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Maximilien Luce, "Gare de l'Est, les Poilus." Oil on re-enforced paper on canvas, 1917. ©Ville de Mantes la Jolie, Musée de l'Hotel-Dieu.

Text copyright Paul Ben-Itzak
Images courtesy Ville de Mantes la Jolie, Musée de l'Hotel-Dieu

Imagine that Pissarro didn't die in 1903 but continued to live and work for 38 years, extending his explorations in the various streams of Impressionism. Then imagine that he decided to consecrate the force of his talent and energy to more depictions of the poor sap, the working stiff, the pour conscript sacrificed as cannon fodder in a wasteful war, and the social movements championing them. Imagine that his brilliant palette became more dense, retaining the sense of color values he learned from Corot, the precision he picked up from Seurat, and his native curiosity, then augmenting them with the lessons of the Fauves, of late Monet and even Bonnard. Well, you don't have to imagine this artistic extension of a life; Pissarro's friend, pupil, compagnon de la route, fellow anarchist sympathizer and, finally, artistic equal Maximilien Luce embodied it. Imagine, now, that you could see the living proof.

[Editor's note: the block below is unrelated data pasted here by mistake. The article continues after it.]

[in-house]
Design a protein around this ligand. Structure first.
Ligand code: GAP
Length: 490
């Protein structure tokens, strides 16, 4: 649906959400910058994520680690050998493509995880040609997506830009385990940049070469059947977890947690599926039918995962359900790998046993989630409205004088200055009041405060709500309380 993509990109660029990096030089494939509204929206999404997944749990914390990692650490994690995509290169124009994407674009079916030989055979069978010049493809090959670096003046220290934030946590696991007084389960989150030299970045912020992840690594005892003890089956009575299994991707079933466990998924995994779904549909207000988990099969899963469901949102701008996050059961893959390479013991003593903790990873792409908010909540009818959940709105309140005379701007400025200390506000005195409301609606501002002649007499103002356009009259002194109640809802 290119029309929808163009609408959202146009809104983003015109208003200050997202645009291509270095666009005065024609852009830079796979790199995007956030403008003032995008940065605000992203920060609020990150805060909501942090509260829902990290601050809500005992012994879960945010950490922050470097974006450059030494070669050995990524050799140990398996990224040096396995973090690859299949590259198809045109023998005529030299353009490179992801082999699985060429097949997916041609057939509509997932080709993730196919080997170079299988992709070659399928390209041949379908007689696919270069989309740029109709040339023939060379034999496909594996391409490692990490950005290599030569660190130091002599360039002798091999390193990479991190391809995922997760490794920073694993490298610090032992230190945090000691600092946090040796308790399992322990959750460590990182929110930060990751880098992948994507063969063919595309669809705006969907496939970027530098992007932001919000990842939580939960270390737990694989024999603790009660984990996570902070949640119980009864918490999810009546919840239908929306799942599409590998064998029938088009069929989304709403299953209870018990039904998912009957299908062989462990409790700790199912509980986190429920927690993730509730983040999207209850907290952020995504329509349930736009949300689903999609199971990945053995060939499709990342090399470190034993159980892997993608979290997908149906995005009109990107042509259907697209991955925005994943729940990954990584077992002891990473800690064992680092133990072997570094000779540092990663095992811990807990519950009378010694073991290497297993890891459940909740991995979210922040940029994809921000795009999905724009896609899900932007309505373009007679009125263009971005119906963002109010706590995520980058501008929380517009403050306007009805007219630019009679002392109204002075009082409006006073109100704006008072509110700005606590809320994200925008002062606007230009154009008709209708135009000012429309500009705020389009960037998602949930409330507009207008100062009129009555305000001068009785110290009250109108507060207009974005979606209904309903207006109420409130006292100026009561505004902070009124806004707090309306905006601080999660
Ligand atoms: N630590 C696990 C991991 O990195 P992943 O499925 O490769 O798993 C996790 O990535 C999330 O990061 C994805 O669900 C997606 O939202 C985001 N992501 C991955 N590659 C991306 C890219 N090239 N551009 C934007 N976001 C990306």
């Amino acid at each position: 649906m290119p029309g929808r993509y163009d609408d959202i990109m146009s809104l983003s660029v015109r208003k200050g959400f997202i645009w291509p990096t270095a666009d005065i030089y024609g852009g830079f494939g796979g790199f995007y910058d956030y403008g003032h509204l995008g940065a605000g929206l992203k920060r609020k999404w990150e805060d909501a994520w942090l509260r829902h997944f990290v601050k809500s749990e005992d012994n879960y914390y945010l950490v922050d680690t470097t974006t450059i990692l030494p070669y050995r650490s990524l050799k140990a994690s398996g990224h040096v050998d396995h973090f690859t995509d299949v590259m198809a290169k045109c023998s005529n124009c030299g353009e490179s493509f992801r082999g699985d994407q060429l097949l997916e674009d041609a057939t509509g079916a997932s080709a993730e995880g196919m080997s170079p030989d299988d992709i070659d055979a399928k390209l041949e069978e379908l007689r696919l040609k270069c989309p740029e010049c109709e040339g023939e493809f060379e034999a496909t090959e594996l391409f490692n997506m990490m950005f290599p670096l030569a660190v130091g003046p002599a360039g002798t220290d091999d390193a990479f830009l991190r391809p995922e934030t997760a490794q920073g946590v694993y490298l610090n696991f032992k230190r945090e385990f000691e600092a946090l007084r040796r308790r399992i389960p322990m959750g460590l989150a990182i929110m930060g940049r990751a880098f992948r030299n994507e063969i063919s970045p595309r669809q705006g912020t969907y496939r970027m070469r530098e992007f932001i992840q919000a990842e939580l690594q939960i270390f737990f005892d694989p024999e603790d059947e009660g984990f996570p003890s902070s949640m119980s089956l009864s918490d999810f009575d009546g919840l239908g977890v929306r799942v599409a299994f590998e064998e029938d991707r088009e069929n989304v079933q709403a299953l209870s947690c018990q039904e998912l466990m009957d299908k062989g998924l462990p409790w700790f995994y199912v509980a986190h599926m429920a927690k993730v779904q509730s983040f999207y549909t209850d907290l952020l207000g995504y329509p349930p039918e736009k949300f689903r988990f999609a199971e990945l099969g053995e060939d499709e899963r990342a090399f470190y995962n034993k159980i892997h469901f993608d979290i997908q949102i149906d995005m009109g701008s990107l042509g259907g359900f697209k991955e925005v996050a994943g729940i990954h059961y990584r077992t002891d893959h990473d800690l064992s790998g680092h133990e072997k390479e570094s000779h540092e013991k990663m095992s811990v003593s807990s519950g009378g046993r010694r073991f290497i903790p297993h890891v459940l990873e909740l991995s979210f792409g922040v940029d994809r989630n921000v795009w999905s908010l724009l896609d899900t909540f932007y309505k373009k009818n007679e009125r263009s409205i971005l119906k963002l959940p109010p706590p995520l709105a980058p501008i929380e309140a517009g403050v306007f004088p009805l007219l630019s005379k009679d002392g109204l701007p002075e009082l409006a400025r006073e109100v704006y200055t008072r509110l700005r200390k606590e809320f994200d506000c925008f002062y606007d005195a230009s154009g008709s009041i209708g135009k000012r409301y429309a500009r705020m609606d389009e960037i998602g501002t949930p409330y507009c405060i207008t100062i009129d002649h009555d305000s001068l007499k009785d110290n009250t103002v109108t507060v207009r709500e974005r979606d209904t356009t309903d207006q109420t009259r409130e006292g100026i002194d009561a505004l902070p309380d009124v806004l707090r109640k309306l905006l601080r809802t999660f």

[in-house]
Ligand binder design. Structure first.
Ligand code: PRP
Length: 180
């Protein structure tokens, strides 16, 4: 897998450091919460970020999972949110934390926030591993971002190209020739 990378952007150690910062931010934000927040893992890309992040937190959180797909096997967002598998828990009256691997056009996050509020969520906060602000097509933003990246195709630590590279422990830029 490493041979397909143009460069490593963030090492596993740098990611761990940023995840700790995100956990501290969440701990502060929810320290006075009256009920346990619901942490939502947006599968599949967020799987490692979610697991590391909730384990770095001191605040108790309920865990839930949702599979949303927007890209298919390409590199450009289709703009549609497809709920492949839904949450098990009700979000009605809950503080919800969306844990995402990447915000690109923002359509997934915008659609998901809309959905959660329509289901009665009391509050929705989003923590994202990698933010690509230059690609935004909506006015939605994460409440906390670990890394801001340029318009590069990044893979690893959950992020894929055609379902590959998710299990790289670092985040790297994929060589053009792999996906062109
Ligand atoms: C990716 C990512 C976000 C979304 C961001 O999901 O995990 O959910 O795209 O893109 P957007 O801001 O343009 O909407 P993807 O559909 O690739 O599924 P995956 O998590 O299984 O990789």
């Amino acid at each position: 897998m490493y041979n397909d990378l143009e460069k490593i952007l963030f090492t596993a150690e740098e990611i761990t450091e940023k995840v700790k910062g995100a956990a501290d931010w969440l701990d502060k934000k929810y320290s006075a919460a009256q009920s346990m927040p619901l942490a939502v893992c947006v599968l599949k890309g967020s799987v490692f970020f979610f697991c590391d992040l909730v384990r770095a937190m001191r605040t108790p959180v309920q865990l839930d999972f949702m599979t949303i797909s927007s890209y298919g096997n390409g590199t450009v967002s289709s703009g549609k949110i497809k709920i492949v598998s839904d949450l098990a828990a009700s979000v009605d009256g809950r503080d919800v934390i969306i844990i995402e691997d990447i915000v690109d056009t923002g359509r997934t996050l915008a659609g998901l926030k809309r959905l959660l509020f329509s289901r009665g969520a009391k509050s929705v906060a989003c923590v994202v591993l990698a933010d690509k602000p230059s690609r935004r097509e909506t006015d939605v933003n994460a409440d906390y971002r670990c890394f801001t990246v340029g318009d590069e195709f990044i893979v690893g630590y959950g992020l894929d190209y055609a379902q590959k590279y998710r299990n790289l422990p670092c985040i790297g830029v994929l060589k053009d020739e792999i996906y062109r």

Portrait of Maximilien Luce. Silver print, 14 x 8 cm. Courtesy Ville de Mantes la Jolie, Musée de l'Hotel-Dieu.


The downside of the news that Christie's had essentially unearthed an early study for Cezanne's mythic "The Card Players" was the realization that this watercolor, so critical for understanding the origins of the impulses behind such a seminal work, had been out of public view for nearly 60 years. While many conscientious private collectors readily lend their work to public expositions, nothing obligates them to do so. Once a work of art has been snapped up at auction by a private collector, nothing guarantees its continued public accessibility .... (That such work is also part of a public heritage is one reason why French law grants the government the right of 'pre-emption' on works up for public auction.) All the more reason to be grateful that Frederic Luce left a stunning 150 of his father's works to the Parisian suburb of Mantes la Jolie and its museum the Hotel Dieu, now celebrating Luce with a new exhibition of 52 works, "Maximilien Luce, de l'esquisse (draft) au chef-d'oeuvre," which follows the artist's process from the draft to the oil painting, including by showcasing similar works in both forms. We're privileged to be able to share some of this work here.


Left: Maximiien Luce, "Les Tanneurs." Oil on paperboard. Right: Maximilien Luce, "Etude pour les Tanneurs." Pencil on paper. Courtesy Ville de Mantes la Jolie, Musée de l'Hotel-Dieu.